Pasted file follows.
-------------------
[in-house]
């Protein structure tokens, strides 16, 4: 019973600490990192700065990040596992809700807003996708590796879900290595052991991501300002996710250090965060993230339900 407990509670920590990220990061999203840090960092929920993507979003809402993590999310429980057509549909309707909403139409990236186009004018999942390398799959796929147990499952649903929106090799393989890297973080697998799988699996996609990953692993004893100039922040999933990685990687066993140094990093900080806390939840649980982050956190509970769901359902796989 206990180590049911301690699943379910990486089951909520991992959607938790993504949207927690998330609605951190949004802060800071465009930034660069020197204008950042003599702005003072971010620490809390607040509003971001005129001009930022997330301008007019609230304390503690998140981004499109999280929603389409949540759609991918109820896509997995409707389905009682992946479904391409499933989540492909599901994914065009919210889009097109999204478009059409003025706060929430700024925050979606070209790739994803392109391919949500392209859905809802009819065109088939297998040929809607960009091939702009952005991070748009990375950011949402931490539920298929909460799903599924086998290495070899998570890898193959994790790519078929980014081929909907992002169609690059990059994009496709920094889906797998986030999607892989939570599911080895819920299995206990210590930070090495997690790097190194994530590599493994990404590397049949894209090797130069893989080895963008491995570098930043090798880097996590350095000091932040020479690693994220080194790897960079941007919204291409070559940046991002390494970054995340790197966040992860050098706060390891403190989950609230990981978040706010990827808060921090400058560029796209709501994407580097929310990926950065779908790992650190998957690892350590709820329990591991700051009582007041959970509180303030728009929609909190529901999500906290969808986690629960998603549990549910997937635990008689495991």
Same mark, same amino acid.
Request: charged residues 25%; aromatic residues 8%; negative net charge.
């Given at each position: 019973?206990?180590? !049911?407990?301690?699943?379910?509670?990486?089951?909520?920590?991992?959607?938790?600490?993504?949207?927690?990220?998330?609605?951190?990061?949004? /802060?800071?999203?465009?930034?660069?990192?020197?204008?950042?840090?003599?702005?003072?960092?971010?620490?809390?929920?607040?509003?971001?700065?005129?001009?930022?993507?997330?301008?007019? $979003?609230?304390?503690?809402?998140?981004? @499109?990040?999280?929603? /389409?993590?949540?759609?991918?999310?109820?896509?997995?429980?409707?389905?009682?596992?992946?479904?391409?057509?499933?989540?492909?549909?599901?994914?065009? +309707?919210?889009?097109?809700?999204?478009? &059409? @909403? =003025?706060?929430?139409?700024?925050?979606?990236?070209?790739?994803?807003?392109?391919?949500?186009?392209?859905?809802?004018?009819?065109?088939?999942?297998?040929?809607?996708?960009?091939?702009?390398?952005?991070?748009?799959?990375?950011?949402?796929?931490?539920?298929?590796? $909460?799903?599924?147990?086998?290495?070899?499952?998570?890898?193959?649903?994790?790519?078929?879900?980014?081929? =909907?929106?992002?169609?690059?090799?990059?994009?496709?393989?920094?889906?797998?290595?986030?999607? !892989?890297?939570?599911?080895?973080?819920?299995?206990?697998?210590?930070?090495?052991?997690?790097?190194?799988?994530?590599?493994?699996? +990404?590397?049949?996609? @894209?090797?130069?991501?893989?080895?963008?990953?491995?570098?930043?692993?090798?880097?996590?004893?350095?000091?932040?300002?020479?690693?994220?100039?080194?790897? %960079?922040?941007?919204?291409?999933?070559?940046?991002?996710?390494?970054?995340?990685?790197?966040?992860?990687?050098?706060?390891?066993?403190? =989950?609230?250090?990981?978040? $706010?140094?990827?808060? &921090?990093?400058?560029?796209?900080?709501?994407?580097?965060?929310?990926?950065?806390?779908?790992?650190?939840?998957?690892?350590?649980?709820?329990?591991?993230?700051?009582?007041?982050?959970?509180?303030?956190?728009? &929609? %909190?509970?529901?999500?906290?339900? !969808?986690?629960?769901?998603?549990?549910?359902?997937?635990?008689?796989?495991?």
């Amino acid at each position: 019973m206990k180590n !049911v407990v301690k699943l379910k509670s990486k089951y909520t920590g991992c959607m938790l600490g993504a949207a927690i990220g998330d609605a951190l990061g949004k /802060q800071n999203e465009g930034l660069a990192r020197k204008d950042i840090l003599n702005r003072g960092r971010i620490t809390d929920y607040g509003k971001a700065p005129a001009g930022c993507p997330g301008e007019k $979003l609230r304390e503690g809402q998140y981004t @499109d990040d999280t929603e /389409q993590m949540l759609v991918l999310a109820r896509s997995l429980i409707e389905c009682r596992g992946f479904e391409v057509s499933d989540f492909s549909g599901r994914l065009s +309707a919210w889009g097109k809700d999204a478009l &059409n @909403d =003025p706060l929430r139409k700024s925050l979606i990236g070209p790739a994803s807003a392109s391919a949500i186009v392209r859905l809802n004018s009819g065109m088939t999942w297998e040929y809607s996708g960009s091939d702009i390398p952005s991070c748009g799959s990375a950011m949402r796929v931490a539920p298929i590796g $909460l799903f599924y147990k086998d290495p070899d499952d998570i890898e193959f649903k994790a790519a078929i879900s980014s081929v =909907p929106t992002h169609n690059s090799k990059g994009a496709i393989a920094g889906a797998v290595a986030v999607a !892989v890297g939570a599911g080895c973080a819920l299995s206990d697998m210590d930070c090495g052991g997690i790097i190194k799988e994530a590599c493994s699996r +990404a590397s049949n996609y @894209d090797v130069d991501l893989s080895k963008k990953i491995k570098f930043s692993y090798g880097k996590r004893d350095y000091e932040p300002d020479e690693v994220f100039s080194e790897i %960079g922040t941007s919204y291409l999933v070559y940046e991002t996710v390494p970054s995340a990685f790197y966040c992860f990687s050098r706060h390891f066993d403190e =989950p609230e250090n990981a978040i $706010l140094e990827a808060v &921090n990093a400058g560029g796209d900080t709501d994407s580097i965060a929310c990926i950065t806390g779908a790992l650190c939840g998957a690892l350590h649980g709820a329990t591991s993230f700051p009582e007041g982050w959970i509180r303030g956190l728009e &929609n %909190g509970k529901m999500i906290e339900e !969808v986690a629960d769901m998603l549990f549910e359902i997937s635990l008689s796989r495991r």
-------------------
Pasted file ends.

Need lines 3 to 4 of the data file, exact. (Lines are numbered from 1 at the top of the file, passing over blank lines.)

Same mark, same amino acid.
Request: charged residues 25%; aromatic residues 8%; negative net charge.